Deadline for full application: December 15th, 2013

Interviews: March, 2014

Start of the Ph.D.: October 1st, 2014



Department: Department of Neuroscience

Title of the PhD project: Optical dissection of cerebellar sensory processing in mouse models of Autism

Name of the lab: Unit of Dynamic Neuronal Imaging

Head of the lab: David DiGregorio

PhD advisor: David DiGregorio

Email address:

Web site address of the lab:

Doctoral school affiliation and University: ED3C




Presentation of the laboratory and its research topics:


My laboratory specializes on the development and application of optical methods for the study information processing in cerebellar and cortical circuits. Biological projects in the laboratory involve electrophysiological recordings in acute slices from wild type and transgenic animals, biophysical analysis, and numerical simulations. Imaging modalities include rapid single and multi-photon imaging intracellular calcium and membrane voltage, as well as photo-uncaging of neurotransmitter.  Optical developments are focused on the improvement of speed and efficiency of multi-photon microscopy as well as the implementation and development of super-resolution imaging methods (e.g. STED microscopy).




Description of the project:


Understanding the complexities of information processing within the brain requires more than just knowing the precise neuronal wiring diagram, it also requires a detailed description of the temporal and spatial dynamics of signal flow between and within single neurons connected in a complex network. This daunting task is simplified by studying small groups of connected neurons, or microcircuits. A particularly attractive model microcircuit is that of the cerebellar cortex, because of its ordered, well-defined connectivity and small numbers of different neuron types. Nevertheless, surprisingly little is known about how this microcircuit builds upon its well-known synaptic and cellular properties to dynamically integrate and process sensory information, largely because of the difficulty of measuring dynamic activity of many individual synapses or the ensuing postsynaptic signals in fine dendrites. We use optical methods that improve spatial and temporal limitations of electrophysiological tools to allow the study of single synapse function. The combination of such state-of-the-art methods and transgenic mouse models of neurological disorders can provide insight into the relationship between synaptic proteins and their function on both the cellular, network, and finally behavioral level. Autism spectrum disorders (ASD) affect 1% of children and are diagnosed based on alterations of three behavioral domains: social deficits, impaired language and communication skills, and stereotyped and repetitive behaviors. Many of the genes found to be associated with ASD are highly expressed in the cerebellum. Therefore, in this project we propose to use transgenic mice that are mutated for synaptic genes associated with ASD to characterize the impact of these mutations on cerebellar function using state-of-the-art electrophysiology and imaging techniques. The project proposed here is a collaboration with Pr. Thomas Bourgeron (Institut Pasteur), an expert in the genetics of ASD.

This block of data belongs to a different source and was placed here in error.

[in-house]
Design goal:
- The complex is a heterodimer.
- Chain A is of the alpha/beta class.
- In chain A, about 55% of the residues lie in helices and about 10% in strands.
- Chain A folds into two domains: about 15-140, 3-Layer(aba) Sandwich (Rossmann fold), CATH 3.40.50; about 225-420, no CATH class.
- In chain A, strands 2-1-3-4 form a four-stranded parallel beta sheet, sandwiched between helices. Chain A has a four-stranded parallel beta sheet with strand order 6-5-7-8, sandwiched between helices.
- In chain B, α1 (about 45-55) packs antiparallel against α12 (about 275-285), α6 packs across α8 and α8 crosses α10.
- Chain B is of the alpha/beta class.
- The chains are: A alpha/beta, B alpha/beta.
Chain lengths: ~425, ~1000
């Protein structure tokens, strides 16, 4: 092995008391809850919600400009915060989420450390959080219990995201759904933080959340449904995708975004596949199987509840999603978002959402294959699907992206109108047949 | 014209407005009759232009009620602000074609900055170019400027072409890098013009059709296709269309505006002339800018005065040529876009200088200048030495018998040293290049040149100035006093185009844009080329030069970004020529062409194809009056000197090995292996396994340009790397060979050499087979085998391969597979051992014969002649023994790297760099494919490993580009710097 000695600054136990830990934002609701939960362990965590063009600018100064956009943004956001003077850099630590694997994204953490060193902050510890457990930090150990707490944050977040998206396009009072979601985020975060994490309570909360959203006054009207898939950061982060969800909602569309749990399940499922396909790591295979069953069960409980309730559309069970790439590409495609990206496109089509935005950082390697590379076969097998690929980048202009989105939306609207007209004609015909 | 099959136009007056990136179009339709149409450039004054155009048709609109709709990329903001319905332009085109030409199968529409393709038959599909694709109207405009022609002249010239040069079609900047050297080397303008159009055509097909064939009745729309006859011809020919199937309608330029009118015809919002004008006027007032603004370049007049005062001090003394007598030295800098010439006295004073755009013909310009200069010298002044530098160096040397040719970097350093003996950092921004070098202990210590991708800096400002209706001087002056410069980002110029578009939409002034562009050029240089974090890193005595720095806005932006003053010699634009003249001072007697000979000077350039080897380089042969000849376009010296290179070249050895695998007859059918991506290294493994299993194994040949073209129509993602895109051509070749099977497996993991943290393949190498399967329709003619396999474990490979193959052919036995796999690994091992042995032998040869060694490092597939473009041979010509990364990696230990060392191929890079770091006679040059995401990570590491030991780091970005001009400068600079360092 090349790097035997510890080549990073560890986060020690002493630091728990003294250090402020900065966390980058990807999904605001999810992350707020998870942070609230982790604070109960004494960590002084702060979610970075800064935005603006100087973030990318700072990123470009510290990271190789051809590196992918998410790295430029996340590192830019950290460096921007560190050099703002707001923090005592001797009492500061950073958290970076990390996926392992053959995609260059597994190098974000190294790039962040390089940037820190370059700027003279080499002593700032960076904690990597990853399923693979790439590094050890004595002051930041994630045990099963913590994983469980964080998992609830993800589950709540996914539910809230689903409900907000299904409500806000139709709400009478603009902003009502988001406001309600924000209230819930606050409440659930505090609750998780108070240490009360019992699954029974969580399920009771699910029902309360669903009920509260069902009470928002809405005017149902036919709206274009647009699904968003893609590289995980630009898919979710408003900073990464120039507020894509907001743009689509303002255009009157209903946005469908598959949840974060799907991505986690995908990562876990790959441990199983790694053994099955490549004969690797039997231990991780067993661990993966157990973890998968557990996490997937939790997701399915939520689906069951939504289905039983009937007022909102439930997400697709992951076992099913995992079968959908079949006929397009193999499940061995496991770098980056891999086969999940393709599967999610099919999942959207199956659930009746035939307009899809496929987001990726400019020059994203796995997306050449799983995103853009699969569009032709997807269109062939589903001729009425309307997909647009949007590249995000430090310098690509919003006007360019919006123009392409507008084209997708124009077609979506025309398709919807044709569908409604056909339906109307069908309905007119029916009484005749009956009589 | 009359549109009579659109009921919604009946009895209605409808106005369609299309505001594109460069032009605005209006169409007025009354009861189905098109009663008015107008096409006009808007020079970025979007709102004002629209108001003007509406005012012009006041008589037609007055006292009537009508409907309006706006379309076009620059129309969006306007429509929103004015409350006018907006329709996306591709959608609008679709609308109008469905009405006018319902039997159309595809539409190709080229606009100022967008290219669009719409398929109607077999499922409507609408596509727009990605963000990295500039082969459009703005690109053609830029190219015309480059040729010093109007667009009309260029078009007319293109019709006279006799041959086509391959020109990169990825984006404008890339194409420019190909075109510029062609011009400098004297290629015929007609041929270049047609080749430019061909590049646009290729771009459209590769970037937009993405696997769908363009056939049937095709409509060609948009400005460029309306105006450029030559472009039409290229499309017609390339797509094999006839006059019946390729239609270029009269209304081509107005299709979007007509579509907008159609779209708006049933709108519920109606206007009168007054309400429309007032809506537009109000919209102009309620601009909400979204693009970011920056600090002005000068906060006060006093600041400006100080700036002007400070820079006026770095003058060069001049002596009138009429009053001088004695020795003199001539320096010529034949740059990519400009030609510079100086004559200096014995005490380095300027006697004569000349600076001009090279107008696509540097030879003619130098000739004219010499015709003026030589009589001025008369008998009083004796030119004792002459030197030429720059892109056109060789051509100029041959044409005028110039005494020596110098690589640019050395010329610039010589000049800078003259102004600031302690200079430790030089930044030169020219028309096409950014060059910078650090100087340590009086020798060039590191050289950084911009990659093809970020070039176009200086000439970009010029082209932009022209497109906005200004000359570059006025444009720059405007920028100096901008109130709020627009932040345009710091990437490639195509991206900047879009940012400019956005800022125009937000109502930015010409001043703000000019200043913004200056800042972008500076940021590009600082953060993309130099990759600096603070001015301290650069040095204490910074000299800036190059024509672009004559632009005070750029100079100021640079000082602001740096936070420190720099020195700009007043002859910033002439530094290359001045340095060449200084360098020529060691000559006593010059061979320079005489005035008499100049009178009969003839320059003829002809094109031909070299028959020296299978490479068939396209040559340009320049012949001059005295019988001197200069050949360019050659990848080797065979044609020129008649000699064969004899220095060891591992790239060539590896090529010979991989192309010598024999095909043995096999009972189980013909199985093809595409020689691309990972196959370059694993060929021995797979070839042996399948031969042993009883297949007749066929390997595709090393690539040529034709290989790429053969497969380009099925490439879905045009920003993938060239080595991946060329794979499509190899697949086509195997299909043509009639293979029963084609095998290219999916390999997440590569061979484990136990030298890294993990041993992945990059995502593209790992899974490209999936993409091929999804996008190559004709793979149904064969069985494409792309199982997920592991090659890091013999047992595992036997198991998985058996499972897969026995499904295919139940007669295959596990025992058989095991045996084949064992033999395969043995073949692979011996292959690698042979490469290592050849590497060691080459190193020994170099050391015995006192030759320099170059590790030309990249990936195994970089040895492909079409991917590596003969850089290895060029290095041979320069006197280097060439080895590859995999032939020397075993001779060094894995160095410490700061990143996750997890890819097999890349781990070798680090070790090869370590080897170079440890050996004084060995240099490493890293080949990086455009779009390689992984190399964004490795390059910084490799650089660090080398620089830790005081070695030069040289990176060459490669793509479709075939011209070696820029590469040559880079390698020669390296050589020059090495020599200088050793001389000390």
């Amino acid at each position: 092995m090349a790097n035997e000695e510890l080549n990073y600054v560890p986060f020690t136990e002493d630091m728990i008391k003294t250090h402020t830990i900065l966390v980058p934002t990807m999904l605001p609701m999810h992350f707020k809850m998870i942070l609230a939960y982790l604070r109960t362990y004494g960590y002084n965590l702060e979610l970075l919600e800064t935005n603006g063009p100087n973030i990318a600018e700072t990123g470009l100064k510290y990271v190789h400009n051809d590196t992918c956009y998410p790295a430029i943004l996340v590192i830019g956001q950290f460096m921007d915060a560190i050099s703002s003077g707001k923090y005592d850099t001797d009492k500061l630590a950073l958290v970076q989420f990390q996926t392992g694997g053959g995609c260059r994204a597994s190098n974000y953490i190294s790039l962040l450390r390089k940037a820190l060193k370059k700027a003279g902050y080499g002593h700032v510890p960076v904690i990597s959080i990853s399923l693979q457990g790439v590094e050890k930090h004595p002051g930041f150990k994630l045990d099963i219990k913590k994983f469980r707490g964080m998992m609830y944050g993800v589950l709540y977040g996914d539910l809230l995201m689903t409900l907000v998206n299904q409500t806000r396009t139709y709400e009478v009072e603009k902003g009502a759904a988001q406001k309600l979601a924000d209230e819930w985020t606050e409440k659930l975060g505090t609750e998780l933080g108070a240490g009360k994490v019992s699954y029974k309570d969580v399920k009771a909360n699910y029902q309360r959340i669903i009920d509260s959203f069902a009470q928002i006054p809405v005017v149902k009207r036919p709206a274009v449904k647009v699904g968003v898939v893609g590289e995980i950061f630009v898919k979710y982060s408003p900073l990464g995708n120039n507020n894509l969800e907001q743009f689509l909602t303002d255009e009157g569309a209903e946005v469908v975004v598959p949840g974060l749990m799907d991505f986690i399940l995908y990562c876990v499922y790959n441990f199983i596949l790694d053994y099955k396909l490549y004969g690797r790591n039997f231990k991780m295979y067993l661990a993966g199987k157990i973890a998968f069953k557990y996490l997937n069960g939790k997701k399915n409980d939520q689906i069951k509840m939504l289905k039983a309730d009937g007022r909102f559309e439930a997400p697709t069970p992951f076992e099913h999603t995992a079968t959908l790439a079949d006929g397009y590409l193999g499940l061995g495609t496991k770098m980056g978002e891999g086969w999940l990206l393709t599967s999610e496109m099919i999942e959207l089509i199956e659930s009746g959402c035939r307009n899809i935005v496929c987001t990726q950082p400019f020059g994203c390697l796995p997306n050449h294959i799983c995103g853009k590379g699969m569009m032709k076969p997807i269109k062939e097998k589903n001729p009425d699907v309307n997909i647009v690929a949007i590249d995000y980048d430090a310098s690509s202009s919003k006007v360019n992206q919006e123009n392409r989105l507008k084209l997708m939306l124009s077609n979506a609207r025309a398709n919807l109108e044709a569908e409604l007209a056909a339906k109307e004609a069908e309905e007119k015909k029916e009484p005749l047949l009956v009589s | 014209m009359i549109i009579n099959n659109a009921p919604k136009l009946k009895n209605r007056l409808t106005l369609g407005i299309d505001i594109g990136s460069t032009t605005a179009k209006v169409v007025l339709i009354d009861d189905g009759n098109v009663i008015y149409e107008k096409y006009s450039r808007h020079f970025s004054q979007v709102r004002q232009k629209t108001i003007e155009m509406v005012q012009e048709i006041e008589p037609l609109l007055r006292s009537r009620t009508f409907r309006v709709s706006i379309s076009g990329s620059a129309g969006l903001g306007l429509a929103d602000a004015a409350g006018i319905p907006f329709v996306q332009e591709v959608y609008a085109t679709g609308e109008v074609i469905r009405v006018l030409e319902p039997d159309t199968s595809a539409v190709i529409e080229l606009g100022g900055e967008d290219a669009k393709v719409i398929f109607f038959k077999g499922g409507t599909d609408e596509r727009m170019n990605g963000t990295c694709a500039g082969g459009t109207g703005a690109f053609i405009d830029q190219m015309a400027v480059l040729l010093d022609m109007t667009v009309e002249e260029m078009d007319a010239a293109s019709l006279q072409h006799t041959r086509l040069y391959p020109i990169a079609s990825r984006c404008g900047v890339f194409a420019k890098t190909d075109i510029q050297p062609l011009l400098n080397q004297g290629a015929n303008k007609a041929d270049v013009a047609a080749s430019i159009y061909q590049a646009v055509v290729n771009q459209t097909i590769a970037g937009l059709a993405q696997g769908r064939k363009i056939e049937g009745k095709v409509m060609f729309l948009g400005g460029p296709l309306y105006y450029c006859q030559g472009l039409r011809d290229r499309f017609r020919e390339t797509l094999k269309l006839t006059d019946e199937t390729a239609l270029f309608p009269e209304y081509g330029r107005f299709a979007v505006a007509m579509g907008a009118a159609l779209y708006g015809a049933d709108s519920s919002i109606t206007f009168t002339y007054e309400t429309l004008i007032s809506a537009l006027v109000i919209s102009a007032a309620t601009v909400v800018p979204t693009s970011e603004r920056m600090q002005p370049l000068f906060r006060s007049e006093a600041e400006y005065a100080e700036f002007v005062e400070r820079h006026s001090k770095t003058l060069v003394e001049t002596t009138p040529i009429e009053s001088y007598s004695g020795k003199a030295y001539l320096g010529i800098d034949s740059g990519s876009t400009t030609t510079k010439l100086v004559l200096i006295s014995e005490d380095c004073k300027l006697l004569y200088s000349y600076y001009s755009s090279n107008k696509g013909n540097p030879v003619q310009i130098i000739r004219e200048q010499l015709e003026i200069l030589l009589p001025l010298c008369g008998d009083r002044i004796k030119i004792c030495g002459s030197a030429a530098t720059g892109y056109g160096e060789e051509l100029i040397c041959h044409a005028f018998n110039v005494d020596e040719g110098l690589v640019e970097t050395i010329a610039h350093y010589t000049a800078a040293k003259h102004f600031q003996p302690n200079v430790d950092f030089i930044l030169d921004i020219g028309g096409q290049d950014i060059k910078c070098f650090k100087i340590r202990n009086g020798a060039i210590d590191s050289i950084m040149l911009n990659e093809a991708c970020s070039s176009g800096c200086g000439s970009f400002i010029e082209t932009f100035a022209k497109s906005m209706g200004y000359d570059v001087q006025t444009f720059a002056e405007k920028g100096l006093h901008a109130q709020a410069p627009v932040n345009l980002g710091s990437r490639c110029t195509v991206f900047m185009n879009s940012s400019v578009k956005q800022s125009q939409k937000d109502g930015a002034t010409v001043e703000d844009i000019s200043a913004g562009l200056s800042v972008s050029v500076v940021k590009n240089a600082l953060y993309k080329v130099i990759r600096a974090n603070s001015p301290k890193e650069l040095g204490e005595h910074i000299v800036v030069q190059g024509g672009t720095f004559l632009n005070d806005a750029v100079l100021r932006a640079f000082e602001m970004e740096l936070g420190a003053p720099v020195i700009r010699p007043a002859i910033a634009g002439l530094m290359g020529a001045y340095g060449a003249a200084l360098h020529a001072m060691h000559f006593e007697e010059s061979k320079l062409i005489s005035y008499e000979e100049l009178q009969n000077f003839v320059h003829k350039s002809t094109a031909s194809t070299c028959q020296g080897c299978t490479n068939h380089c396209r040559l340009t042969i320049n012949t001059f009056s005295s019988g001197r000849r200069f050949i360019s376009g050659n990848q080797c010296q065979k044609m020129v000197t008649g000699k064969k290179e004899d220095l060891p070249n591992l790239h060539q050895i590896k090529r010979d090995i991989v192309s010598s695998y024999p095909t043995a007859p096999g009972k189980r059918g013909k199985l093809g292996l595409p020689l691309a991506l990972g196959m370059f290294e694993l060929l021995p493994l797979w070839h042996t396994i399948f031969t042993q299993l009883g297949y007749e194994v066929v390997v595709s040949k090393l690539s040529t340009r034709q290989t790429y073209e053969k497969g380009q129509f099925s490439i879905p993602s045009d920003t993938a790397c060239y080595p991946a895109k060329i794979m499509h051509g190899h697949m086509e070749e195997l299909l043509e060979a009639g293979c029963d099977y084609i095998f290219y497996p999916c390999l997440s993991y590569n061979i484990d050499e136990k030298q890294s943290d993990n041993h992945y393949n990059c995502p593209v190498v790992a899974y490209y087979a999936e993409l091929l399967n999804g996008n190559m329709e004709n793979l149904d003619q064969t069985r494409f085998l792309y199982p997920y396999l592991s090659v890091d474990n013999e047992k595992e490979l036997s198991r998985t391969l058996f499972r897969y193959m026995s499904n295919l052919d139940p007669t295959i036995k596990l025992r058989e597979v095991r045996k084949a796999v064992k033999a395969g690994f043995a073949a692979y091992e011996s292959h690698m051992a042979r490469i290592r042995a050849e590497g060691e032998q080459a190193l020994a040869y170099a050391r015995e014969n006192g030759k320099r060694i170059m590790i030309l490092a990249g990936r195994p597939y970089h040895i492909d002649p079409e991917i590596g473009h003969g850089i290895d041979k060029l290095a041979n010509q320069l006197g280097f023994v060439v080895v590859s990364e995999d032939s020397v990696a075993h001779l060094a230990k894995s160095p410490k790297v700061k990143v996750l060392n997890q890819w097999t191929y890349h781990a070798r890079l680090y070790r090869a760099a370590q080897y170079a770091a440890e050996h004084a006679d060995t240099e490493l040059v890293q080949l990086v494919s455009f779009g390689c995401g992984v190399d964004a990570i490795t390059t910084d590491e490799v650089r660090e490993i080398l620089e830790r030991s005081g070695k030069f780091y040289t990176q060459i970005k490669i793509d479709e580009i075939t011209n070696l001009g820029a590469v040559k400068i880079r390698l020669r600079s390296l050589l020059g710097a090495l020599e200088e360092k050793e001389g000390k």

Cerebellum, synapse, microcircuits, Autism, mult-photon imaging, calcium, voltage, dendritic integration




Expected profile of the candidate (optional):






David DiGregorio (

Mis à jour le 16/09/2013